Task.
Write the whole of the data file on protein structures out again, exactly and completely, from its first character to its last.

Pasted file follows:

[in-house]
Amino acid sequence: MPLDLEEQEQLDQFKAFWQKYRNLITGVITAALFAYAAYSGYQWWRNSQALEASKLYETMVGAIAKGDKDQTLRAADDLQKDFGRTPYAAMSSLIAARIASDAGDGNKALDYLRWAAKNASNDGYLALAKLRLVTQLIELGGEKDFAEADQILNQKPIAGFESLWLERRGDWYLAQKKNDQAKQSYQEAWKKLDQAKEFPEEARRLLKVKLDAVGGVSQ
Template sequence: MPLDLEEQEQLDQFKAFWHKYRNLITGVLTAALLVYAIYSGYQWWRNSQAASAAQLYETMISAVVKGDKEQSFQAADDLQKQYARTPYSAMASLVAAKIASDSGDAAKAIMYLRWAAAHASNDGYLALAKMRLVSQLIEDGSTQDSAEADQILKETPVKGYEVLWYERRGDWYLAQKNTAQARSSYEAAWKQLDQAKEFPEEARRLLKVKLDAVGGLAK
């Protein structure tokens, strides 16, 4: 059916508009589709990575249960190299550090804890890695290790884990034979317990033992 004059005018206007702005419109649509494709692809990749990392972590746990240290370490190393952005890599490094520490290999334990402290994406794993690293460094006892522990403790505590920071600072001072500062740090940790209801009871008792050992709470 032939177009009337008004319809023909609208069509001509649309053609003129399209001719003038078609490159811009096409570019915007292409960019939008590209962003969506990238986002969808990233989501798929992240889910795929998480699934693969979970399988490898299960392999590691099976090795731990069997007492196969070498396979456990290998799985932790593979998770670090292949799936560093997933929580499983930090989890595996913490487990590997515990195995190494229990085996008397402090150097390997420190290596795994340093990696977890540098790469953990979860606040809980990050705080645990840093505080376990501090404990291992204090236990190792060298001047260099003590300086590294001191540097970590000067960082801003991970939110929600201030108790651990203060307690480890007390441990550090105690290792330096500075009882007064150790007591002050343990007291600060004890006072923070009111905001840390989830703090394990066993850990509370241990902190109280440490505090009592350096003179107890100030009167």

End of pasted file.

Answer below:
[in-house]
Amino acid sequence: MPLDLEEQEQLDQFKAFWQKYRNLITGVITAALFAYAAYSGYQWWRNSQALEASKLYETMVGAIAKGDKDQTLRAADDLQKDFGRTPYAAMSSLIAARIASDAGDGNKALDYLRWAAKNASNDGYLALAKLRLVTQLIELGGEKDFAEADQILNQKPIAGFESLWLERRGDWYLAQKKNDQAKQSYQEAWKKLDQAKEFPEEARRLLKVKLDAVGGVSQ
Template sequence: MPLDLEEQEQLDQFKAFWHKYRNLITGVLTAALLVYAIYSGYQWWRNSQAASAAQLYETMISAVVKGDKEQSFQAADDLQKQYARTPYSAMASLVAAKIASDSGDAAKAIMYLRWAAAHASNDGYLALAKMRLVSQLIEDGSTQDSAEADQILKETPVKGYEVLWYERRGDWYLAQKNTAQARSSYEAAWKQLDQAKEFPEEARRLLKVKLDAVGGLAK
């Protein structure tokens, strides 16, 4: 059916508009589709990575249960190299550090804890890695290790884990034979317990033992 004059005018206007702005419109649509494709692809990749990392972590746990240290370490190393952005890599490094520490290999334990402290994406794993690293460094006892522990403790505590920071600072001072500062740090940790209801009871008792050992709470 032939177009009337008004319809023909609208069509001509649309053609003129399209001719003038078609490159811009096409570019915007292409960019939008590209962003969506990238986002969808990233989501798929992240889910795929998480699934693969979970399988490898299960392999590691099976090795731990069997007492196969070498396979456990290998799985932790593979998770670090292949799936560093997933929580499983930090989890595996913490487990590997515990195995190494229990085996008397402090150097390997420190290596795994340093990696977890540098790469953990979860606040809980990050705080645990840093505080376990501090404990291992204090236990190792060298001047260099003590300086590294001191540097970590000067960082801003991970939110929600201030108790651990203060307690480890007390441990550090105690290792330096500075009882007064150790007591002050343990007291600060004890006072923070009111905001840390989830703090394990066993850990509370241990902190109280440490505090009592350096003179107890100030009167």